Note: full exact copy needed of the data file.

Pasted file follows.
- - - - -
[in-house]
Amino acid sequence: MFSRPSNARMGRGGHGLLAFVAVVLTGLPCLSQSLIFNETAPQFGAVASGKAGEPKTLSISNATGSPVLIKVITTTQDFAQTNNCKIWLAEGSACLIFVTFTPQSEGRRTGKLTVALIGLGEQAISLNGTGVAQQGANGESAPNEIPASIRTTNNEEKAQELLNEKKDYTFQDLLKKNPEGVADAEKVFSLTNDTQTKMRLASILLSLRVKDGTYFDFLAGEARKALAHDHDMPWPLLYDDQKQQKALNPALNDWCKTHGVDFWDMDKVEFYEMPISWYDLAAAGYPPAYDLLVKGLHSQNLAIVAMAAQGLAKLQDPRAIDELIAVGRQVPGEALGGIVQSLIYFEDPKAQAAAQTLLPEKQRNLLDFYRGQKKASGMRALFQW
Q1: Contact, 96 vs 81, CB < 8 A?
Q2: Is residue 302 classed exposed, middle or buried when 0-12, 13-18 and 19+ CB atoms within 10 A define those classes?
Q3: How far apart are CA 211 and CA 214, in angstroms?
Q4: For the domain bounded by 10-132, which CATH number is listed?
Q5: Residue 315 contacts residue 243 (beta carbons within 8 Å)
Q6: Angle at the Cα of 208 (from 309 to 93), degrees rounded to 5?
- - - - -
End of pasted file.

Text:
[in-house]
Amino acid sequence: MFSRPSNARMGRGGHGLLAFVAVVLTGLPCLSQSLIFNETAPQFGAVASGKAGEPKTLSISNATGSPVLIKVITTTQDFAQTNNCKIWLAEGSACLIFVTFTPQSEGRRTGKLTVALIGLGEQAISLNGTGVAQQGANGESAPNEIPASIRTTNNEEKAQELLNEKKDYTFQDLLKKNPEGVADAEKVFSLTNDTQTKMRLASILLSLRVKDGTYFDFLAGEARKALAHDHDMPWPLLYDDQKQQKALNPALNDWCKTHGVDFWDMDKVEFYEMPISWYDLAAAGYPPAYDLLVKGLHSQNLAIVAMAAQGLAKLQDPRAIDELIAVGRQVPGEALGGIVQSLIYFEDPKAQAAAQTLLPEKQRNLLDFYRGQKKASGMRALFQW
Q1: Contact, 96 vs 81, CB < 8 A?
Q2: Is residue 302 classed exposed, middle or buried when 0-12, 13-18 and 19+ CB atoms within 10 A define those classes?
Q3: How far apart are CA 211 and CA 214, in angstroms?
Q4: For the domain bounded by 10-132, which CATH number is listed?
Q5: Residue 315 contacts residue 243 (beta carbons within 8 Å)
Q6: Angle at the Cα of 208 (from 309 to 93), degrees rounded to 5?